The World Bank, Transparency International and other international institution talks of state corruption but never speak about the corruption involved in privatization process. The stories of corruption during the privatization process are in abundance in every country. But are ignored for political reasons. We are happy to hear the stories of re-nationalization of privatization companies in several Latin American countries. That is the only answer to be followed by all countries.
Privatization in Pakistan must stop otherwise the PPP government will also see the same results of price hike, unemployment and monopolization of economy in Pakistan thus loosing its remaining social basis among the working class of Pakistan. The Anti Privatization Alliance will do its best to stop the path of privatization by launching the movement and exposing the corruption and other irregularities in the process.
BIDDING FOR PRIVATISATION OF HABIB BANK LIMITED (HBL) ON DECEMBER 29-THREE BIDDERS PRE-QUALIFIED
Islamabad, December 22,2003
The bidding for the privatisation of Habib Bank Limited (HBL) being held on December 29, 2003 has marked the threshold reached through the hard work by all stakeholders. Dr. Abdul Hafeez Shaikh, Federal Minister for Privatisation & Investment stated this while addressing the pre-bid conference held here today for the privatisation of HBL, which responded to certain clarifications sought by the prospective investors for better understanding of the transaction and the bidding process.
Dr. Hafeez Shaikh informed that the pre-qualification committee, which included representatives of various ministries including Finance and the State Bank of Pakistan had pre-qualified three parties for the bidding.
These parties include Agha Khan Fund for Development, Central Insurance Company Limited and State of Qatar Supreme Council for Economic Affairs and Investment. All the key issues had been resolved and the bidding process had been made known to the potential pre-qualified bidders, he added.
Later, the Minister handed over the pre-qualification letters to the representatives of the three parties, which have completed their due diligence in the data room.
Pakistan’s Privatisation Commission (“PC”) had received unprecedented interest from around the world by receiving 19 Expression of Interest (EOI) for the privatisation of Habib Bank Limited (“HBL”), by the intended sale of a minimum stake of 26% up to 51 % of its shareholding from reputed International and Pakistani parties (participating solely, or as part of a consortium) for entering the process towards acquiring the indicated shareholding in HBL for a better competition. The terms of a sale include the transfer of management control of HBL.
The remarkable and encouraging response resulted due to the personal interest and hectic efforts by Dr. Abdul Hafeez Shaikh, Federal Minister for Privatisation & Investment and his team, which had attracted an unprecedented number of EOIs for such a potentially large transaction. The investors who had expressed interest for HBL include parties from Canada, Europe, UK, USA, Saudi Arabia, UAE, Qatar and Yemen along with domestic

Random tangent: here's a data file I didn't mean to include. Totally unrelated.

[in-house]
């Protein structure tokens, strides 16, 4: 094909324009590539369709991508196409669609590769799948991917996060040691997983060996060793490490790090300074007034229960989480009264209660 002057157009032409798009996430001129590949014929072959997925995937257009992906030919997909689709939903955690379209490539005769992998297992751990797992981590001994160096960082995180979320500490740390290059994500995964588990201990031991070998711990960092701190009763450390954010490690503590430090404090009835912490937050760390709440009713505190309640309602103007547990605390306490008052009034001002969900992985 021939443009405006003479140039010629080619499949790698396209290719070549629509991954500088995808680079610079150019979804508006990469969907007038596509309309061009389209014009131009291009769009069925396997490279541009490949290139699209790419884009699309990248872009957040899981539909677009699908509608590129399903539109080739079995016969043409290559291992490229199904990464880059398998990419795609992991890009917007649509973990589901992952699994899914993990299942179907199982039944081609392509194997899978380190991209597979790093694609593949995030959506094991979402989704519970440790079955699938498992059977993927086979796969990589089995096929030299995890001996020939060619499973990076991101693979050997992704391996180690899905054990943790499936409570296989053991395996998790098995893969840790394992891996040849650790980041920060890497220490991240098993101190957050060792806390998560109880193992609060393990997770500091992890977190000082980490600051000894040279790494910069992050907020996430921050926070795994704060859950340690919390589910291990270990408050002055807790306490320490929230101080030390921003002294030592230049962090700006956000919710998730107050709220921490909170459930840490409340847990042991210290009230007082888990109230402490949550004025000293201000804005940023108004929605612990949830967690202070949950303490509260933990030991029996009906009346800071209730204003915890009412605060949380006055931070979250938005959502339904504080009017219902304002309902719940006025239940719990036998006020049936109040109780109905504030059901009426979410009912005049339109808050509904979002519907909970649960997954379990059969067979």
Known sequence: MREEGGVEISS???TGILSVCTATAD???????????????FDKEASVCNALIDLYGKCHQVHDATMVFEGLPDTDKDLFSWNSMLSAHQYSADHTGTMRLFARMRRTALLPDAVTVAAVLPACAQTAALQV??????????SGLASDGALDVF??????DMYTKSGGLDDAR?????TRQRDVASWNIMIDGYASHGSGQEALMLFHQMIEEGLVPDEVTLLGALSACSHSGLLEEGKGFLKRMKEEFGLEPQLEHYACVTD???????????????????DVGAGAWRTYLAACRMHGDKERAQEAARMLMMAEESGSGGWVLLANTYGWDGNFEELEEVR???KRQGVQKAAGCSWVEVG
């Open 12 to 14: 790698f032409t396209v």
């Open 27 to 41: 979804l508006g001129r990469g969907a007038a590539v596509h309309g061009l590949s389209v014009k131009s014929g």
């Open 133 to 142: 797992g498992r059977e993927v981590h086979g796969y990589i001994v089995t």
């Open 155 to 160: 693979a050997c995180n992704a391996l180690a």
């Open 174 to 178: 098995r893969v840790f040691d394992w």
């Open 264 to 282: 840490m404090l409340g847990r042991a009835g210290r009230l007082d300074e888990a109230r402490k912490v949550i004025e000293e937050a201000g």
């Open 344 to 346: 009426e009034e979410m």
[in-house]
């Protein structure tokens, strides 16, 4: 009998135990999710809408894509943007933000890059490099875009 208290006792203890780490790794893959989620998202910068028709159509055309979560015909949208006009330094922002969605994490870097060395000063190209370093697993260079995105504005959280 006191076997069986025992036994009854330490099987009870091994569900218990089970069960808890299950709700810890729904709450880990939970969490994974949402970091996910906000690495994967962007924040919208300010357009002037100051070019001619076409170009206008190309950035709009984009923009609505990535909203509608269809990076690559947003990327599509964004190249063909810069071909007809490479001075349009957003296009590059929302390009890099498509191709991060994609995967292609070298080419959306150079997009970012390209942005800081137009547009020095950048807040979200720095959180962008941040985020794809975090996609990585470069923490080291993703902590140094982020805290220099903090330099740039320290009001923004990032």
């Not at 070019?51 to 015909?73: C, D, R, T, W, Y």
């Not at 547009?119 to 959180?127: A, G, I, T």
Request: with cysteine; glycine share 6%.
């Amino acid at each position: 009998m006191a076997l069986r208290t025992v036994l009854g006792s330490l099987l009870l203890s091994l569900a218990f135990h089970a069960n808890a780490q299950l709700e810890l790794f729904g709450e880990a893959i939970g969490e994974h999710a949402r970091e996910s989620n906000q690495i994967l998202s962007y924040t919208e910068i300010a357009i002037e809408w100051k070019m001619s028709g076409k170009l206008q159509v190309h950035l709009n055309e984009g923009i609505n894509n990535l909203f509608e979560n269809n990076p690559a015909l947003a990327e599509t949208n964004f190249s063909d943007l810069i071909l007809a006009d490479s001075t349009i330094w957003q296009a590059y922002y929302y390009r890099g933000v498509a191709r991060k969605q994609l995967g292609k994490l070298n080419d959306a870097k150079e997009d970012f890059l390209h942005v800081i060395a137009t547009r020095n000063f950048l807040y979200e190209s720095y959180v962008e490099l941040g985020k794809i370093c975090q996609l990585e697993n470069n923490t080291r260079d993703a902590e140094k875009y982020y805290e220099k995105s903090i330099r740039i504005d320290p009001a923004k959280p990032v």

In the light of the fact that the Privatisation Commission is processing HBL transaction in-house without hiring the services of a Financial Advisor, the level of interest generated is highly commendable and is a testament to the efforts being undertaken to market Pakistan as an investment haven. HBL is Pakistan’s second largest commercial bank, having a countrywide and international branch network. HBL has full service licence covering commercial, retail banking, consumer and investment banking activities in Pakistan and most of the other countries where it is present.HBL has an extensive domestic network consisting of 1,425 branches with a market share of approx. 20%. HBL operates a large international network of 48 branches in 26 countries spread over Europe, the Middle East, Far East, Asia, Africa and the United States. It operates three wholly owned subsidiaries namely Habib Bank Financial Services (PVT) LTD. Karachi, Habib Finance International LTD (Hong Kong) and Habib Finance Australia Ltd. – Sydney; 2 Joint Ventures namely Habib Nigeria Bank Ltd. (40%) and Himalayan Bank Ltd. (20%). In addition, the Bank owns 90.5% shares in Habib Allied International Bank Plc, a bank incorporated in the UK. HBL also has 2 representative offices in Iran and Egypt.
PC together with its appointed Advisors A.F. Ferguson & Co. and Legal Advisors Haidermota & Co. is in the process of the competitive bid, negotiation and sale process in accordance with the privatisation laws of Pakistan. An extensive streamlining and restructuring programme has been implemented by HBL’s management towards the preparation for the privatisation of the bank. HBL’s privatisation represents an attractive investment opportunity for investors interested in leveraging HBL’s extensive presence and market share.